Evolution on Islands: a colloquium to honor the careers of Daniel Crawford and Tod Stuessy
Anderson, Gregory , Bernardello, Gabriel .
Robinson Crusoe Principle: The Pollination Biology of the Flora of the Juan Fernandez Archipelago and How the Species "Made Do" With What They Had.
The fictional Robinson Crusoe, based on a much less attractive real-world sailor (Alexander Selkirk), survived a ship wreck and then became the icon of "making do" with what you have, surviving, even thriving, on an island with what washed on shore with him. Tod Stuessy and Dan Crawford lead several expeditions to the isolated, small and relatively young "Robinson Crusoe" (aka Juan Fernandez) islands and, via their ingenuity, commitment, creativity and resilience produced, with many collaborators, a body of work that stands as an example of first-rate evolutionary island botany. Focusing on the reproductive biology of this highly endemic flora, we showed that the rate of dioecy is "island-like", that most of the species are self compatible, though not necessarily autogamous, and that the pollination is particularly notable. The morphology of many elements of the flora implies the usual range of pollinators associated with the primary source flora from the South American continent. However, other than hummingbirds, there are virtually no biotic pollinators available. Thus, anemophily characterizes a significant portion of the flora, even serving species where that would not be expected. The pollination of the flora of the Robinson Crusoe archipelago seems to have followed the lead of its eponymous character in "making do" with what it had to "work with".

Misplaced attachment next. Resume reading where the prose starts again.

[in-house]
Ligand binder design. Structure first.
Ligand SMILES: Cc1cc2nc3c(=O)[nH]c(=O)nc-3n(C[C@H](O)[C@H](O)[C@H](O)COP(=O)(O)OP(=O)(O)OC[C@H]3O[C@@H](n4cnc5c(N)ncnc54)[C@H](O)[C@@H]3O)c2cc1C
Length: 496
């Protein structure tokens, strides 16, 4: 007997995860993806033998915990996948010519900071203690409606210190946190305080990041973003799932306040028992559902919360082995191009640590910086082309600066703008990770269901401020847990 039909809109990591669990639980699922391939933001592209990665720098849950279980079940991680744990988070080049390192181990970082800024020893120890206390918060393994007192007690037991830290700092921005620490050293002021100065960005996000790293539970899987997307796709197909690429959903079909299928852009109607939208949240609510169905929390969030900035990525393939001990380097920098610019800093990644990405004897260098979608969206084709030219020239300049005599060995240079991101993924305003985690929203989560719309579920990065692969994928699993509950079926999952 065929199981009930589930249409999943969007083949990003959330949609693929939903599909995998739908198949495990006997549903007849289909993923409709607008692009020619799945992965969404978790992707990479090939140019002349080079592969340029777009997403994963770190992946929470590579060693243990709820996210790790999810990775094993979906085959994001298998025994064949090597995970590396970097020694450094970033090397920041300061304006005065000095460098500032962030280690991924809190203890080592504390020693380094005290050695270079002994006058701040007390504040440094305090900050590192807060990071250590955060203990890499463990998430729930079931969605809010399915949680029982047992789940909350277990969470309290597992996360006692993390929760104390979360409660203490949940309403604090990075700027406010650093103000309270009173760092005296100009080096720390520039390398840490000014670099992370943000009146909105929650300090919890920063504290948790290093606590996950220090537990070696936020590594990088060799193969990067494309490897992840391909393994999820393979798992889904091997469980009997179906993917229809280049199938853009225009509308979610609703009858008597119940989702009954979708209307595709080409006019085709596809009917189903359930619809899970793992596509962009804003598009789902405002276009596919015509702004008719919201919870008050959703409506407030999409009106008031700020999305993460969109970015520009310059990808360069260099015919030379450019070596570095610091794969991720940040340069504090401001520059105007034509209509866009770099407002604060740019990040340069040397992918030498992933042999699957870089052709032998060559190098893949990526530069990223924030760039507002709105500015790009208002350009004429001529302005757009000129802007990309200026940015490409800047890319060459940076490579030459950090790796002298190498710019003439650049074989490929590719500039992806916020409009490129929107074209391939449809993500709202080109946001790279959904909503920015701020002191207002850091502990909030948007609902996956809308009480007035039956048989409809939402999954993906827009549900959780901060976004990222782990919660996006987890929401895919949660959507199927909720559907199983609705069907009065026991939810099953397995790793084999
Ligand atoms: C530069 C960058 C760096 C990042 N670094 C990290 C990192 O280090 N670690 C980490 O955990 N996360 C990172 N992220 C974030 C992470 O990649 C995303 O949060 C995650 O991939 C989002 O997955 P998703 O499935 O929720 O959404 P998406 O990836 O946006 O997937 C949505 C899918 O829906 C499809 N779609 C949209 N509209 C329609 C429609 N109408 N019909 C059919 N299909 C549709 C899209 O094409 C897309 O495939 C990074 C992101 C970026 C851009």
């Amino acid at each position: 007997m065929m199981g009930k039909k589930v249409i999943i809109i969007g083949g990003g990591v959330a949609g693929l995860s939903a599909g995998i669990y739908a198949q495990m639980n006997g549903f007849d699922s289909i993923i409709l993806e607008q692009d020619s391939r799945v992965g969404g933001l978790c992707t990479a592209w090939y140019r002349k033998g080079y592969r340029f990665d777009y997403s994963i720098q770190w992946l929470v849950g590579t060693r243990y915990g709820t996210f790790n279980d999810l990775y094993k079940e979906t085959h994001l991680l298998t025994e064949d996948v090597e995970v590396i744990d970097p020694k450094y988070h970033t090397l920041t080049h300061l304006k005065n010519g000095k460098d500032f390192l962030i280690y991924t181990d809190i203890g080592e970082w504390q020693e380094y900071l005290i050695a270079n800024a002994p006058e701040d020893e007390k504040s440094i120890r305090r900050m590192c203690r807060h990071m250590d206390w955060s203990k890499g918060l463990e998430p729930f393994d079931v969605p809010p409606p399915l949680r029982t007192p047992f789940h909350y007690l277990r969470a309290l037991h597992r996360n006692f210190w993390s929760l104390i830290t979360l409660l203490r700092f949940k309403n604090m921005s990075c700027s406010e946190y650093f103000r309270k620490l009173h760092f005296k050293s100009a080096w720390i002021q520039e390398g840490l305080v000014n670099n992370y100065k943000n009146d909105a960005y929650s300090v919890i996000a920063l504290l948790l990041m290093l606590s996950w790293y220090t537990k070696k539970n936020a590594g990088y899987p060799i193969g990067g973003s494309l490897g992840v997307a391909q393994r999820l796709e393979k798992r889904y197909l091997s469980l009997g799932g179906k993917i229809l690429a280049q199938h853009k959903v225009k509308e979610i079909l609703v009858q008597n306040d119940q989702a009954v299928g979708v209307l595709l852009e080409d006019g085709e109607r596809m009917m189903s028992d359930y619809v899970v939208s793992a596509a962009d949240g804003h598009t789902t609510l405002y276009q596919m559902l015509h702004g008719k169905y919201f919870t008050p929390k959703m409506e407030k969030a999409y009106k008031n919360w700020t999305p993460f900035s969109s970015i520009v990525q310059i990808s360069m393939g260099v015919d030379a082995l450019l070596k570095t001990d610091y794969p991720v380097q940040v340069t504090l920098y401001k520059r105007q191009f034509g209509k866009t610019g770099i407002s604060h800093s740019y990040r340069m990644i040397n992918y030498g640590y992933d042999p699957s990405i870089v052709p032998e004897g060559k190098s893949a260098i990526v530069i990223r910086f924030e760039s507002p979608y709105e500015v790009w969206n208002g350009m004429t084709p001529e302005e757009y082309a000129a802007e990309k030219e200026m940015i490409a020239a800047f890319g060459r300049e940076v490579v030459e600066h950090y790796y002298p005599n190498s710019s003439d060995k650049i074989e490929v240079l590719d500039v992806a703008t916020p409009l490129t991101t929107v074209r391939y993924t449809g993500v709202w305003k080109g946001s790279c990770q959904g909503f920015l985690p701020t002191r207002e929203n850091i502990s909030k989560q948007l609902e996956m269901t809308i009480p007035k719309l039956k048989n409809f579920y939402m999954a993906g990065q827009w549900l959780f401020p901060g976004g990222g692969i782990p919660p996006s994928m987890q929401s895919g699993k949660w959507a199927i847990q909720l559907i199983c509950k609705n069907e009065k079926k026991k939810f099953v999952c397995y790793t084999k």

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1 - University Of Connecticut, Department Of Ecology & Evolutionary Biology, 75 N. Eagleville Road, Unit 43, Storrs, CT, 06269-3043, USA
2 - Museo Botanico, Avda. Velez Sarsfield 299, Cordoba, N/A, 5000, Argentina
long distance dispersal
Presentation Type: Symposium or Colloquium Presentation
Location: Franklin A/Hyatt
Date: Wednesday, July 11th, 2012
Time: 11:30 AM